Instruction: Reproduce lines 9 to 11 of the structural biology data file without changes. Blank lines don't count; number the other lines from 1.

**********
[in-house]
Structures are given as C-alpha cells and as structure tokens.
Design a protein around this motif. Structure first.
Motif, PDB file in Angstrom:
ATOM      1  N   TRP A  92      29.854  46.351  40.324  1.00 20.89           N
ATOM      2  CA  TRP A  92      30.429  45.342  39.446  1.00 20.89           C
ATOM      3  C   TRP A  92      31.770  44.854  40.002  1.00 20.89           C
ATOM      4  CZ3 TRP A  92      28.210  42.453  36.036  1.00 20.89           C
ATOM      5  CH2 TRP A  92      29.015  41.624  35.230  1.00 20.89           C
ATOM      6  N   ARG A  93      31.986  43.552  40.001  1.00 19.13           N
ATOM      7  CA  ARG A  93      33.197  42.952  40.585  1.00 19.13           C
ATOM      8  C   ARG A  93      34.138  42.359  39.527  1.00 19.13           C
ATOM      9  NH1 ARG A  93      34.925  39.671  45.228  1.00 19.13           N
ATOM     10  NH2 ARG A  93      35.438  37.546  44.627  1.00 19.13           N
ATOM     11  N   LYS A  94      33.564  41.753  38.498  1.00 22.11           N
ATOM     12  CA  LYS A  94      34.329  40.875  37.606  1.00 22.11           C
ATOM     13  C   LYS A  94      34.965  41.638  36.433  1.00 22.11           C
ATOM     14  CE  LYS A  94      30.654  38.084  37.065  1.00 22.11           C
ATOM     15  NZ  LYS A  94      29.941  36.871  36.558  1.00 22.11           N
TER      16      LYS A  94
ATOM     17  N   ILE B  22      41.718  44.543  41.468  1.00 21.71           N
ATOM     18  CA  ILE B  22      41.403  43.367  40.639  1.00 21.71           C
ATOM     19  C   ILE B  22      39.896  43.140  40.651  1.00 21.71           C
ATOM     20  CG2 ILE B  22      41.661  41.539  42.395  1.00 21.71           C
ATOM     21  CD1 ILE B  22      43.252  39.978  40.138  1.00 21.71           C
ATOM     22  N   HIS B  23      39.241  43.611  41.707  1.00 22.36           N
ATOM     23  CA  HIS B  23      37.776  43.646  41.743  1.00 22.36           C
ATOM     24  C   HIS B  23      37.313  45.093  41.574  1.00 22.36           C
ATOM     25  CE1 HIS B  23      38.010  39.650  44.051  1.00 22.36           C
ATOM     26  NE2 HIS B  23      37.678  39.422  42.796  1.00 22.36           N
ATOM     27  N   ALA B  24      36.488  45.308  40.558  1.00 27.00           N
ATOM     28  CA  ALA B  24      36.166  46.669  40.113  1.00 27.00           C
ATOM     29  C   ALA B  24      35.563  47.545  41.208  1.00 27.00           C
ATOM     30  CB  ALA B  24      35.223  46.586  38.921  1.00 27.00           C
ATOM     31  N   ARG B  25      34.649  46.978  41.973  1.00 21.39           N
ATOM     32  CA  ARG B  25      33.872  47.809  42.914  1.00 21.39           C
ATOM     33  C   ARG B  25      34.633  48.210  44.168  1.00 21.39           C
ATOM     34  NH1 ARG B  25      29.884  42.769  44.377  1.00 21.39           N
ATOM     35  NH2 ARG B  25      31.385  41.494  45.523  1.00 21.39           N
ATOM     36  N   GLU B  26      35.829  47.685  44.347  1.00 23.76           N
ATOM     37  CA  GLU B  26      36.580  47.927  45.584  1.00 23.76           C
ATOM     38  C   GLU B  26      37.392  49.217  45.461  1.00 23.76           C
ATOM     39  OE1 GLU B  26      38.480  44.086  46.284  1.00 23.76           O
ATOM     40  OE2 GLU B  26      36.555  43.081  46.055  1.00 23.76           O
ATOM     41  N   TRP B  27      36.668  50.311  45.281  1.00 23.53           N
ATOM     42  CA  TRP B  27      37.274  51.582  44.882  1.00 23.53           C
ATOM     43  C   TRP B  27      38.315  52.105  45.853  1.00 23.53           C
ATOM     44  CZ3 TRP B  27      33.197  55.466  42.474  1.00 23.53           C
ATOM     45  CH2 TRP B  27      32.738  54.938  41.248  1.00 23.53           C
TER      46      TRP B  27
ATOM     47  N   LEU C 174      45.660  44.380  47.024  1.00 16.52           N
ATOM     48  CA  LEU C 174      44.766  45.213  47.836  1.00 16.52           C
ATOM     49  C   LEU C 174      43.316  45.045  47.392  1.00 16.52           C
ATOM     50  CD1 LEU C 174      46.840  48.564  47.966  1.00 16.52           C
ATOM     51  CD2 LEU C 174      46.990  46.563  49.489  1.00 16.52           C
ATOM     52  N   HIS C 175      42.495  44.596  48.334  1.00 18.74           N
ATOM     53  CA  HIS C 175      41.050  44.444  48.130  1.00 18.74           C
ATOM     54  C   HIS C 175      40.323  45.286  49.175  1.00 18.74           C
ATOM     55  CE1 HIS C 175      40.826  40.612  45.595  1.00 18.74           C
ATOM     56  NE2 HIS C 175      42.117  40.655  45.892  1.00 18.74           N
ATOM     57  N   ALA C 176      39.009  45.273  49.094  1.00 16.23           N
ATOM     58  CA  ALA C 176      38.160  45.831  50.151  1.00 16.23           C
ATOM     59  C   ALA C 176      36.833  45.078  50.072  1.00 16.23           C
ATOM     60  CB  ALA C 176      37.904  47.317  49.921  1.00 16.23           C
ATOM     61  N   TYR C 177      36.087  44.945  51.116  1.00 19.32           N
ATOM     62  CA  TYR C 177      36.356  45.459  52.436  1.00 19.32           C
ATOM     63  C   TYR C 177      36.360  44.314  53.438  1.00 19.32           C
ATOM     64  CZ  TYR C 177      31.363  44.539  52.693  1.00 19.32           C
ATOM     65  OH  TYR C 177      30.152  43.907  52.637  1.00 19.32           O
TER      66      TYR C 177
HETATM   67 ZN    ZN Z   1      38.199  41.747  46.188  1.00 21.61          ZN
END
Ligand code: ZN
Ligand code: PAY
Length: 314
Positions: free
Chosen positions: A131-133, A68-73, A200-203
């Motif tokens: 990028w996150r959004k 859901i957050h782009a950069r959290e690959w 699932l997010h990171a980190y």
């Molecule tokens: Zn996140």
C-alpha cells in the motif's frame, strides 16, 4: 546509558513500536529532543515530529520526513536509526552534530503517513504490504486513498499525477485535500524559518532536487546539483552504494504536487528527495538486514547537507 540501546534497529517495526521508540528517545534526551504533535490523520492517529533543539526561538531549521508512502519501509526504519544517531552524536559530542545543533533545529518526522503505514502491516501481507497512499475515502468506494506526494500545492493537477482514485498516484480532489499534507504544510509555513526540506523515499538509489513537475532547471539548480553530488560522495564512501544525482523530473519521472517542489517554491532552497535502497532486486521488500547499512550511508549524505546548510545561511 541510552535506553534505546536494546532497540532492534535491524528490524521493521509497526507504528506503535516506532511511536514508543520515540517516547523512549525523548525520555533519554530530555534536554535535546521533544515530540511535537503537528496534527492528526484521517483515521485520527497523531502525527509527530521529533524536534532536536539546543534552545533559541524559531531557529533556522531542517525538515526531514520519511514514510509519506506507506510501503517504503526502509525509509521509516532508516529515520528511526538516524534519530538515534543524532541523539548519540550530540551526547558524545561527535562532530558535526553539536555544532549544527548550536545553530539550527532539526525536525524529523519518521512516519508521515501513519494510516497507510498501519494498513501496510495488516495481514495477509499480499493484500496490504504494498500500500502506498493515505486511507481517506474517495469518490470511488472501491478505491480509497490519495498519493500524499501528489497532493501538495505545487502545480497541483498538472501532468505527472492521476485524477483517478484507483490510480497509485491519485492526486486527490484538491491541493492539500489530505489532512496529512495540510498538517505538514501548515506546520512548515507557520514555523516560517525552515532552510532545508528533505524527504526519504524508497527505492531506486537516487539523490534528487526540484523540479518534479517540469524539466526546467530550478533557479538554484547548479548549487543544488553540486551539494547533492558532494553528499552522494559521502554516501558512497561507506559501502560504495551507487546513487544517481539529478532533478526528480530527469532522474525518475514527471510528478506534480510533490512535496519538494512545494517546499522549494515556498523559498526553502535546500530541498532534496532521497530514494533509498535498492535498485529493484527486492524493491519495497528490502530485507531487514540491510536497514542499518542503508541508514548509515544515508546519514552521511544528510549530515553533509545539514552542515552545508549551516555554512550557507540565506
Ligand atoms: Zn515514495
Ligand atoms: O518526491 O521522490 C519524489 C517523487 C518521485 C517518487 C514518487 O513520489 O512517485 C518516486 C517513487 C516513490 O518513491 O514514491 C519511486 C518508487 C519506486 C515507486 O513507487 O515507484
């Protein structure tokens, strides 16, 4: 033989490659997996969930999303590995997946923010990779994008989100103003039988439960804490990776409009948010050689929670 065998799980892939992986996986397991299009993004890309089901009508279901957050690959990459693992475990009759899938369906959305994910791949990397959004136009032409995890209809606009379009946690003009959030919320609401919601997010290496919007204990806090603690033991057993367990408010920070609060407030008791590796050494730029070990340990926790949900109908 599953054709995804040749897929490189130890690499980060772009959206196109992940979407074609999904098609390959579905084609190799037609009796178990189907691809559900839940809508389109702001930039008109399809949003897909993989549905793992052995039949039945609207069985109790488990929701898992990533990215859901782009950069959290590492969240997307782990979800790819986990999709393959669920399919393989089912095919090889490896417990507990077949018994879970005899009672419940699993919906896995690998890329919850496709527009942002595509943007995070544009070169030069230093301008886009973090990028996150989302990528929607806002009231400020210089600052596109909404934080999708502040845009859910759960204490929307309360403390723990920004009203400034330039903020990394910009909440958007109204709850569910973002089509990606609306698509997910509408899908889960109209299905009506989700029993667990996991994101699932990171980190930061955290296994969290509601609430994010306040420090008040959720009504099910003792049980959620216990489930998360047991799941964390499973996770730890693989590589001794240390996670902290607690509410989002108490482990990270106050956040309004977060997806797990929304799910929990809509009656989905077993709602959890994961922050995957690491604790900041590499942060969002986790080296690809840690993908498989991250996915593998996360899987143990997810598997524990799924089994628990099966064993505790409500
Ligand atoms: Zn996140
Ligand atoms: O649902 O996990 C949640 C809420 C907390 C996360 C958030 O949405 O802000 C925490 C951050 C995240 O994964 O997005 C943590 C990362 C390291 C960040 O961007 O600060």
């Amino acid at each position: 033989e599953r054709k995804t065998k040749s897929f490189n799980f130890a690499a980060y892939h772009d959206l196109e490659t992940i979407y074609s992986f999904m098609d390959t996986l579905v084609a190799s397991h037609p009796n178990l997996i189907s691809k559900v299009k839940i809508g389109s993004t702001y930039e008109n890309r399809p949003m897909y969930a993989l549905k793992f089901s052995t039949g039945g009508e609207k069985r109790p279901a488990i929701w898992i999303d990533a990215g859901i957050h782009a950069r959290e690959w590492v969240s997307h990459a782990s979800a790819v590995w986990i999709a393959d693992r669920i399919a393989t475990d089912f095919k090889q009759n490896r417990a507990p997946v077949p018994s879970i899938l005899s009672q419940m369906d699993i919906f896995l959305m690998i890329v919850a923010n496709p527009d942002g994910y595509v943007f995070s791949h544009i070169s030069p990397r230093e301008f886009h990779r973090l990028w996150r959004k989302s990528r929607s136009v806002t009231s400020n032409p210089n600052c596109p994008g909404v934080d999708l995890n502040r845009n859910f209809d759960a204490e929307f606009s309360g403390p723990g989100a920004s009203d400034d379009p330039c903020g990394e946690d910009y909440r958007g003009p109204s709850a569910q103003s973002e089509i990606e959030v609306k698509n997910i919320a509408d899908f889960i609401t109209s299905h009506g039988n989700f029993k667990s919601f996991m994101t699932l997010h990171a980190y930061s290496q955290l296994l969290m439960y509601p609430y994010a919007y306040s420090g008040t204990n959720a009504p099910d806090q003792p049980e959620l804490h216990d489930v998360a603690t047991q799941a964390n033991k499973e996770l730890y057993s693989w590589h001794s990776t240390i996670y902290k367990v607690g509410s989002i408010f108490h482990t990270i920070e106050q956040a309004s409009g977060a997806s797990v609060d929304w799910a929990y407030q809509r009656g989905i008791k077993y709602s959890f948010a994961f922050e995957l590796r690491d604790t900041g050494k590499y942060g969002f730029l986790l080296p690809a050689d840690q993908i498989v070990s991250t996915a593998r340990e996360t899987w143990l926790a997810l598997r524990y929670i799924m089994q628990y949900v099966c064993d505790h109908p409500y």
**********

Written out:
ATOM      5  CH2 TRP A  92      29.015  41.624  35.230  1.00 20.89           C
ATOM      6  N   ARG A  93      31.986  43.552  40.001  1.00 19.13           N
ATOM      7  CA  ARG A  93      33.197  42.952  40.585  1.00 19.13           C